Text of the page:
By Angela Sterritt
The Tyee, October 22, 2013
Witnessing such a prominent discrepancy between the sophistication of Dene education on the land and how that was discounted in classroom learning, Freeland-Ballantyne was inspired early on in life to question her responsibilities, as someone who recognized the conflicted environment around her.
“What is the settler responsibility to Dene land claims and the state’s denial of their rights and title to the land? How do you reconcile that?” she said during an interview at her home in Yellowknife in the summer of 2013. “Are you acquiescing if you are not actively doing something to tear it apart?”
Freeland-Ballantyne said that she was taught if you want change, you have to commit your resources.
“Mine were my family, education and white privilege. I realized I have to dedicate myself to make things less destructive and less awful.”
“Like every northern student, I had to leave the North for university. And I really struggled when I started working on my degree in Ontario. I remember being really lonely — it wasn’t cold in October and I needed it to be cold. At a First Nations event they served corn and fry bread, which is fine, but it made me feel even lonelier because they were all great people but I needed my caribou.”
“From my own experience, I really connected with the idea that there needed to be a northern university.” – Kakfwi Scott
By Meagan Wohlberg
Northern Journal, August 6, 2013
Our intention is that students will have a deepened understanding of the political, socio-economic context that they live in so that it might inform the way that they make decisions with regards to their future.
– Eugene Boulanger
Our program is geread towards Northerns and Southerners, Indigenous and non-Indigenous students, younger and older students- it’s geared towards anyone who’s interested in knowing more about the North.
– Eugene Boulanger
Dechinta students share success stories
Northern News Services
Published Friday, Oct. 26, 2012
After 12 weeks of on the land and academic study, seven students are the latest to graduate from the Dechinta Bush University, and they are raving about the program.
Past graduate Kristen Tanche and Brooke Hope were so impressed by what they learned, that both are considering enrolling in post secondary programs at the popular NWT university.
The university, located at Blachford Lake Lodge, about 20 minutes from Yellowknife by charter plane, offers Northern and aboriginal courses – courses which are “taught by Northern leaders, about the Northern context, with an agenda set by Northerners, supported by leading professors with relevant experience,” according to Dechinta’s website.
Courses this semester included self-determination in theory and in practice, health promotion, sustainable community development, traditional leadership, community-based research methodologies and community governance.
The opportunity to learn history and traditional languages impressed Tanche the most.
“I wanted to take Dechinta ever since it opened,” said Tanche, a financial officer with Simpson Air. She said the program exposed her to, “A lot of history of the Northwest Territories at the academic level, which you don’t really get that at other post secondary schools.”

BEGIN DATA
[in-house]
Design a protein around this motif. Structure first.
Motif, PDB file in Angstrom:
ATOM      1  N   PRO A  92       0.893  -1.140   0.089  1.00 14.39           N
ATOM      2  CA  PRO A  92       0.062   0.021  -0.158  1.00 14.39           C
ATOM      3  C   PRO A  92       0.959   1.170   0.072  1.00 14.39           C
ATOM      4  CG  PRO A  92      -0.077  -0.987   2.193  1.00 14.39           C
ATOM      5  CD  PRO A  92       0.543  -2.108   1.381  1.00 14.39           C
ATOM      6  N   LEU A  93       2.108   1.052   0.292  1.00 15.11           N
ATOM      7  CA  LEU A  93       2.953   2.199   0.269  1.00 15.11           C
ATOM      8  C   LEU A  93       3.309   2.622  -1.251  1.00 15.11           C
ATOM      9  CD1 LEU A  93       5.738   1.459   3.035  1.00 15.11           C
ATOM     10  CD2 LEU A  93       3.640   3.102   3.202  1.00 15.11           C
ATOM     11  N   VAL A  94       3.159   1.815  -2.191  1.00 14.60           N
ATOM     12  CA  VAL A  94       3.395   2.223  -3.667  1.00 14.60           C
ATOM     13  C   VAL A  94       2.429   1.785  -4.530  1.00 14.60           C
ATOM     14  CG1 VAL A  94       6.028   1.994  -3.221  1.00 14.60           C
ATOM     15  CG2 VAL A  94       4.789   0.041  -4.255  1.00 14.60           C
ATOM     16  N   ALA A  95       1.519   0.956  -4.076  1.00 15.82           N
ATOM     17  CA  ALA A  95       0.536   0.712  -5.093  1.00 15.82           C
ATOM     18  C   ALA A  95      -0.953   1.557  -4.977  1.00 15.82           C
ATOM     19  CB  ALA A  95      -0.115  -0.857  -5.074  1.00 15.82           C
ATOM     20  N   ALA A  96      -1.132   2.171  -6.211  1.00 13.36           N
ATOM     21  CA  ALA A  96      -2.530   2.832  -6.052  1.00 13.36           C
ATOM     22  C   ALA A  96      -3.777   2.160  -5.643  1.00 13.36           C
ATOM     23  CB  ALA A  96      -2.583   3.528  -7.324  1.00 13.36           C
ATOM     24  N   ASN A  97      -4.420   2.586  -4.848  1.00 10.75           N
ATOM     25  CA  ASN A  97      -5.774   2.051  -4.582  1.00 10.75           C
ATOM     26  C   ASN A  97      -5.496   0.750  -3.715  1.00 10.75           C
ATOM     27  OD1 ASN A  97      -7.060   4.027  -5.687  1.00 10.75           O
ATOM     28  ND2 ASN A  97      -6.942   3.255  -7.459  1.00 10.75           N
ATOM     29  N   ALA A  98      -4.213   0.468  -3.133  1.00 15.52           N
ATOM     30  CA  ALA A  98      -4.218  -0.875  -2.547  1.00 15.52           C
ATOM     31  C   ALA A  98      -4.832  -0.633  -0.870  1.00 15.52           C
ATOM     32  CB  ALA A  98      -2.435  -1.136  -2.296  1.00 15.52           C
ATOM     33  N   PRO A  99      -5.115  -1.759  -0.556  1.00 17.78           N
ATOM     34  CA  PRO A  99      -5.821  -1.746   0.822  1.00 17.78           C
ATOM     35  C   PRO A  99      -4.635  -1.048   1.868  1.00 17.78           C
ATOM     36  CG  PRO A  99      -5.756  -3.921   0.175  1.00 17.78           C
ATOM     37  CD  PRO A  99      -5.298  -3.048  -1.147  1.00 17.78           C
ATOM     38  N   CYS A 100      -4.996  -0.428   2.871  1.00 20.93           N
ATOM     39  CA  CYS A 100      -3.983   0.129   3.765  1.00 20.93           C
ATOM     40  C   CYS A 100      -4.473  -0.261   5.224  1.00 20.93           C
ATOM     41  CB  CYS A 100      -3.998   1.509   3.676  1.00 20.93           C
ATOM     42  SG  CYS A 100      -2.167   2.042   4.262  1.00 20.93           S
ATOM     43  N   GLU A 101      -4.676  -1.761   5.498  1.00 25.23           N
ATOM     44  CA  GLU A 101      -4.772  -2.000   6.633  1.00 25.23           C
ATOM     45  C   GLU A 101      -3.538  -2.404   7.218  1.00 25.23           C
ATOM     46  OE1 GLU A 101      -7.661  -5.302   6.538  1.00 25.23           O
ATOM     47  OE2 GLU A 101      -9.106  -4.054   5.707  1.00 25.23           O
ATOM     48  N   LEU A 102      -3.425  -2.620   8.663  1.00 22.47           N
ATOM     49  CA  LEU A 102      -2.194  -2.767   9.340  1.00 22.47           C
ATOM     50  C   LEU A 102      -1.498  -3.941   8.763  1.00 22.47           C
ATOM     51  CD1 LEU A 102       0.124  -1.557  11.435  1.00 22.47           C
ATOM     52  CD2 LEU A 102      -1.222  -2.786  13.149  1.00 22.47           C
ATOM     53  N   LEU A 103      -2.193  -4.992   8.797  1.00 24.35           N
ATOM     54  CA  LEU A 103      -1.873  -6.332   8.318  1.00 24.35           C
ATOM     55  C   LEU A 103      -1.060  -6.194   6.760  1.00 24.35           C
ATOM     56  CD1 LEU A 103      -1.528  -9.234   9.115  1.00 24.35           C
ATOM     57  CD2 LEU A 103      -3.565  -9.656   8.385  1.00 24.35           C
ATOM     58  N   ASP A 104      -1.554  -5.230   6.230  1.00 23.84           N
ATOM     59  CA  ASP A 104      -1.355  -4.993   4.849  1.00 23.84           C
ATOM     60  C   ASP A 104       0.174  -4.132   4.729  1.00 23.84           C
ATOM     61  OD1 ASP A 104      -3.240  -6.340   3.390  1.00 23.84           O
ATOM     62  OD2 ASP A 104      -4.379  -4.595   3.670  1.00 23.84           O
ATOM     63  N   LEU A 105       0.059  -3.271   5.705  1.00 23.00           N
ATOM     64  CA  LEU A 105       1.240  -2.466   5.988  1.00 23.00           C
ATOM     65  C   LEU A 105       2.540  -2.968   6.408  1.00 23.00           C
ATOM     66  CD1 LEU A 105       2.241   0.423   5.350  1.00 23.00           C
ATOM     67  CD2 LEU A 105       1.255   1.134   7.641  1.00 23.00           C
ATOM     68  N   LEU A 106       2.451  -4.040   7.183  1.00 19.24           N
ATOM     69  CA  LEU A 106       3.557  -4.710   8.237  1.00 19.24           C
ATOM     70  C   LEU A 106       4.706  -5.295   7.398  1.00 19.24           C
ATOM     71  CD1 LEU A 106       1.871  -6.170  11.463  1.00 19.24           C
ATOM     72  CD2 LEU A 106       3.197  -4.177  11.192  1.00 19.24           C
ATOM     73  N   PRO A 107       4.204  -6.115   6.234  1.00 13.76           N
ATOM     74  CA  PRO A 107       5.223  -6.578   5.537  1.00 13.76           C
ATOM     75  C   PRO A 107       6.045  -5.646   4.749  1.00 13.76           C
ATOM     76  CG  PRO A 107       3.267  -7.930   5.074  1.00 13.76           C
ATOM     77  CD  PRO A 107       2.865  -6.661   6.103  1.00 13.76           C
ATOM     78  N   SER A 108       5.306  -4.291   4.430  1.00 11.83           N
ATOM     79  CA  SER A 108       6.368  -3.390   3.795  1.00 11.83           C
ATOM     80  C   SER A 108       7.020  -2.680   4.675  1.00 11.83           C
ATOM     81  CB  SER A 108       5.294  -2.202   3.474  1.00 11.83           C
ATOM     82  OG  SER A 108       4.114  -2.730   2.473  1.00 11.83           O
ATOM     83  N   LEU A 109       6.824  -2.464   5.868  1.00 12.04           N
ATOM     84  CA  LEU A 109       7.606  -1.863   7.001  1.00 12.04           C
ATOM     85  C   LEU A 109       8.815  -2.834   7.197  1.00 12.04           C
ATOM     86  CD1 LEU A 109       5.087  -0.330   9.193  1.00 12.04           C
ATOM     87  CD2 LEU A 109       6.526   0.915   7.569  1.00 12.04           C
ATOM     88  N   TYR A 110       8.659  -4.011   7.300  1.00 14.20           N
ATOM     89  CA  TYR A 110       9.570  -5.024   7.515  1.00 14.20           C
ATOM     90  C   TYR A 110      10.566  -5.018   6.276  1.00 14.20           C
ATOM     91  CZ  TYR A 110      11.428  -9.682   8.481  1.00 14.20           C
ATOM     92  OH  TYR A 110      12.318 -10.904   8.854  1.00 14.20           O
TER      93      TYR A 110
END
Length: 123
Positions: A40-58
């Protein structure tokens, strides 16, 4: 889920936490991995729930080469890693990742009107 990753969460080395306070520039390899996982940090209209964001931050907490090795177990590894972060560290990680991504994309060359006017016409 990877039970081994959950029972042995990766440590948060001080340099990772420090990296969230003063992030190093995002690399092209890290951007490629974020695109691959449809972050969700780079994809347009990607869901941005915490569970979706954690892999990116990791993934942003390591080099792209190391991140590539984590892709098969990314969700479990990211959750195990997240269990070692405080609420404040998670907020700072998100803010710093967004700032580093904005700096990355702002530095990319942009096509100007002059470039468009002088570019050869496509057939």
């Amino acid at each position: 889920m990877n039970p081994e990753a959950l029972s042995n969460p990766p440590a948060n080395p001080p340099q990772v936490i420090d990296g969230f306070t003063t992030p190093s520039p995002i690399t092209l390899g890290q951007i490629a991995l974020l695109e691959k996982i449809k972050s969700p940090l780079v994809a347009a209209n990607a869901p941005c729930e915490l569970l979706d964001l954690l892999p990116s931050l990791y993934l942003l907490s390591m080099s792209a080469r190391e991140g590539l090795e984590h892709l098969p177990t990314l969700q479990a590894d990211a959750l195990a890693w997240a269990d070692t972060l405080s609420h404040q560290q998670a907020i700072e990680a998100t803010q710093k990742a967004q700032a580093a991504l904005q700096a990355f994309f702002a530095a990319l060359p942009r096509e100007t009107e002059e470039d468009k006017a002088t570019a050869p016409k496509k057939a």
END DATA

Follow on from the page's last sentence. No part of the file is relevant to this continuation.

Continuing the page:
Remaining true to traditional Dene learning, and revisiting traditional language was also a draw for Tanche.
Hope, currently living in Yellowknife and hoping to enrol in another Dechinta program, enjoyed the hands on aspect to academic work.
“It was cool to have elders out there, and being able to build relationships with the professors … we learned a lot about self-governing and self-determination,” Hope said.
Seven students graduated this fall, and according to Hope and Tanche, the experience is one that everyone should experience.
“I think it’s important for people to know the history and where you come from,” Hope said.
The Northern university has received many academic nods this past year, including the Ashoka Changemakers Award for Education Innovation from the Royal Bank of Canada.
The award recognizes innovation in leadership and educational programming.
CBC Trailbreaker host, Joslyn Oosenbrug interviewed Elder Francois Paulette and gathered his impressions on the Royal Visit to Dechinta and the relationship between First Nations and the Crown.
by David Malcolm
up here Business
Excerpt from the article:
The Dechinta Centre for Research and Learning piloted its first “bush university” course in June at Blachford Lake Lodge near Yellowknife. The brainchild of the city’s own PhD candidate, Erin Freeland, Dechinta has already developed strong links with the Faculty of Native Studies at the University of Alberta, and McGill University has expressed interest in the collaboration. Writer David Malcolm and photographer Michael Ericsson attended Dechinta one weekend this summer to discuss the entrepreneurial life with students from around the territory.
When I first heard about the Dechinta Centre for Research and Learning, I became determined to bring the importance of entrepreneurial small business into the mix of study for the students. I believed that studies in sustainable entrepreneurism would further the Dechinta mission “to support a new generation of leaders and researchers by providing accessible and practical learning and development experiences, respectful of traditional ways, in a taiga bush environment.”